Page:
Population(s) Served
Children and youth

Where we work

Accreditations

Evangelical Council for Financial Accountability (ECFA) 2014

Awards

4/4 Stars 2014

Charity Navigator

5/5 Stars 2014

MinistryWatch.com

Our results

SOURCE: Self-reported by organization

How does this organization measure their results? It's a hard question but an important one.

Number of meals delivered

This metric is no longer tracked.
Totals By Year
Population(s) Served

Children and youth, Families, Extremely poor people, Low-income people

Related Program

Hunger Relief

Type of Metric

Output - describing our activities and reach

Direction of Success

Increasing

Context Notes

This metric reflects the total number of meals delivered within the US and internationally in 29 countries that we currently serve.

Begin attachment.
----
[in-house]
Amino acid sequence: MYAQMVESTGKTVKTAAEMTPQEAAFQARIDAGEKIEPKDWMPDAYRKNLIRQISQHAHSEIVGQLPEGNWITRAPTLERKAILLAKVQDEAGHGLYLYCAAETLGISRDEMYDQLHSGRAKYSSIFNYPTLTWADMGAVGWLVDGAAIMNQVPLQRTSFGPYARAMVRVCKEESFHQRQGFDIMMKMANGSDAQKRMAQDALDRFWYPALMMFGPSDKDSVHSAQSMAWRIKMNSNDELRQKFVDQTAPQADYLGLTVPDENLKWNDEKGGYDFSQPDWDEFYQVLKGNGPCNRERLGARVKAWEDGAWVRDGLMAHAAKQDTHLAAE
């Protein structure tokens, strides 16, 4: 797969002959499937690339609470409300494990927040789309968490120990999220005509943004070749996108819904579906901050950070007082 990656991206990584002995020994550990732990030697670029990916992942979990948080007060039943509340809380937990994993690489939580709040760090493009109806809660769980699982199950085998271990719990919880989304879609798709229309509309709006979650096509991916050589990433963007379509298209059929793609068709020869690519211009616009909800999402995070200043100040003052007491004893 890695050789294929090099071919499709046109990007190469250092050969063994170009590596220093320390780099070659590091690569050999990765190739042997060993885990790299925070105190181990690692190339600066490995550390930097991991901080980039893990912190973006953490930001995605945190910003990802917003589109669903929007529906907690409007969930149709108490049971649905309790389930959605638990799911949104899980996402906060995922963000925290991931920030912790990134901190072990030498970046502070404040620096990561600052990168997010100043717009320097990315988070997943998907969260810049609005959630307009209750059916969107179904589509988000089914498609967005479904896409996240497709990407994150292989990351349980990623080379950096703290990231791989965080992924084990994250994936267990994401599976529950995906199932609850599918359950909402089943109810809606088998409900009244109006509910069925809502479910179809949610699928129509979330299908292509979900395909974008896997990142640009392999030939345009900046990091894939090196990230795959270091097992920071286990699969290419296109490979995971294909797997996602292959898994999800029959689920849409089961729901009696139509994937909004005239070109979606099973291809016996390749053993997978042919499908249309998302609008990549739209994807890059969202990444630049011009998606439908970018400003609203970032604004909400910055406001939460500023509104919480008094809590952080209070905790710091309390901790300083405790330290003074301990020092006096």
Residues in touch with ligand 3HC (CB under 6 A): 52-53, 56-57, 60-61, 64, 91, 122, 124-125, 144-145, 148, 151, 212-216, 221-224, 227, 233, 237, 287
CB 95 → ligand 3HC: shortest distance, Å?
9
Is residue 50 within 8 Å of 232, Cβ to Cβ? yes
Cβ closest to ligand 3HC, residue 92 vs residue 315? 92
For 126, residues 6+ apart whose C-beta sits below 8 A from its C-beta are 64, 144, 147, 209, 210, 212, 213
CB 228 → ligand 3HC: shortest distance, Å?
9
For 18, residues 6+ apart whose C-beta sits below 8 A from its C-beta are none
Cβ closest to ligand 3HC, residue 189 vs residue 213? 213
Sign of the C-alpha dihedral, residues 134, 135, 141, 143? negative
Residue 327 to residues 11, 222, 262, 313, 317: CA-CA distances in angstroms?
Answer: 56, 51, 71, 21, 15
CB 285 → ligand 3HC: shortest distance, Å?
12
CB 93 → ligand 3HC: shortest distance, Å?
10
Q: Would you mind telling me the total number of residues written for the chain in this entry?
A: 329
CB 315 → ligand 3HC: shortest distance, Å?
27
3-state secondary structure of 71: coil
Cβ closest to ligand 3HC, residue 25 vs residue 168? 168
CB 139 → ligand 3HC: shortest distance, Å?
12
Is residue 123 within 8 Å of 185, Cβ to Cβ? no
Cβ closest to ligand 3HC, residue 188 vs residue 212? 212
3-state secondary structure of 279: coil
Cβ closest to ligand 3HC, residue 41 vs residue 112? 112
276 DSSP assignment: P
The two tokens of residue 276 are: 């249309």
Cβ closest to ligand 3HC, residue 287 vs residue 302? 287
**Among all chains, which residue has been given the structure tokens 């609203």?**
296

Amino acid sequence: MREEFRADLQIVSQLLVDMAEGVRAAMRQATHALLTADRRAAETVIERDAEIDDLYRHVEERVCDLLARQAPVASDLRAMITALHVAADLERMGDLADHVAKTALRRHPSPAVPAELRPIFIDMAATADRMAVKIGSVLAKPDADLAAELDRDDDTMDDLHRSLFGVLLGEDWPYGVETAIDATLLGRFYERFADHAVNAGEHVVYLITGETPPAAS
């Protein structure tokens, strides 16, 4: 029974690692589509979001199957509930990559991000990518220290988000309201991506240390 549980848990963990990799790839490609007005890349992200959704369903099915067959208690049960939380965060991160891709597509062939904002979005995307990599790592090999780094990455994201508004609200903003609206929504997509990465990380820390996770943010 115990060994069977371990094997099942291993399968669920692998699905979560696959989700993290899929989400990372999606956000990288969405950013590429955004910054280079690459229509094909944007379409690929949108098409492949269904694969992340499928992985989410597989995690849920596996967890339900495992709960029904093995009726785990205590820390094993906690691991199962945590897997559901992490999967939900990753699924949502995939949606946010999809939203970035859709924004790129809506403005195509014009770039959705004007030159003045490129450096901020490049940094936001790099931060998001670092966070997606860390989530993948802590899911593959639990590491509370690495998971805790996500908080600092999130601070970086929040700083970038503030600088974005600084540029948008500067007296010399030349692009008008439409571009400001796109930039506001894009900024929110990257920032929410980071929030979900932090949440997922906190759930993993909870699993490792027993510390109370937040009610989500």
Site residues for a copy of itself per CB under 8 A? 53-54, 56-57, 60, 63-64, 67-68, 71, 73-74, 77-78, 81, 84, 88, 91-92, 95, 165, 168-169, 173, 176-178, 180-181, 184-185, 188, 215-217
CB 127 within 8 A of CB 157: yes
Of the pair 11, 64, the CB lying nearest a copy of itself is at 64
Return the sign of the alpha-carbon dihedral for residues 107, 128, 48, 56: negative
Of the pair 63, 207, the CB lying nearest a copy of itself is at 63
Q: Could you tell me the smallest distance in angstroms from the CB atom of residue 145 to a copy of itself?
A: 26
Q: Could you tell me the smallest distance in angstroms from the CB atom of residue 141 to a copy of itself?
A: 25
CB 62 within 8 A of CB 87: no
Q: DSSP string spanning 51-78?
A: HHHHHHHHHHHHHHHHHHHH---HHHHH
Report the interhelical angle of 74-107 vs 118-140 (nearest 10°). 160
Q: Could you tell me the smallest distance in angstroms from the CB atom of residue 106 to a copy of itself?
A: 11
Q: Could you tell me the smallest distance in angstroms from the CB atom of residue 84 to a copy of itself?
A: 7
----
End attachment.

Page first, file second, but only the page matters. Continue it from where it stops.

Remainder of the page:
Number of churches served

This metric is no longer tracked.
Totals By Year
Population(s) Served

Children and youth, Families, Economically disadvantaged people

Related Program

Hunger Relief

Type of Metric

Output - describing our activities and reach

Direction of Success

Increasing

Number of active church partnerships

This metric is no longer tracked.
Totals By Year
Population(s) Served

Children and youth, Families, Economically disadvantaged people

Related Program

Hunger Relief

Type of Metric

Output - describing our activities and reach

Direction of Success

Increasing

Our Sustainable Development Goals

SOURCE: Self-reported by organization

Learn more about Sustainable Development Goals.

Goals & Strategy

SOURCE: Self-reported by organization

Learn about the organization's key goals, strategies, capabilities, and progress.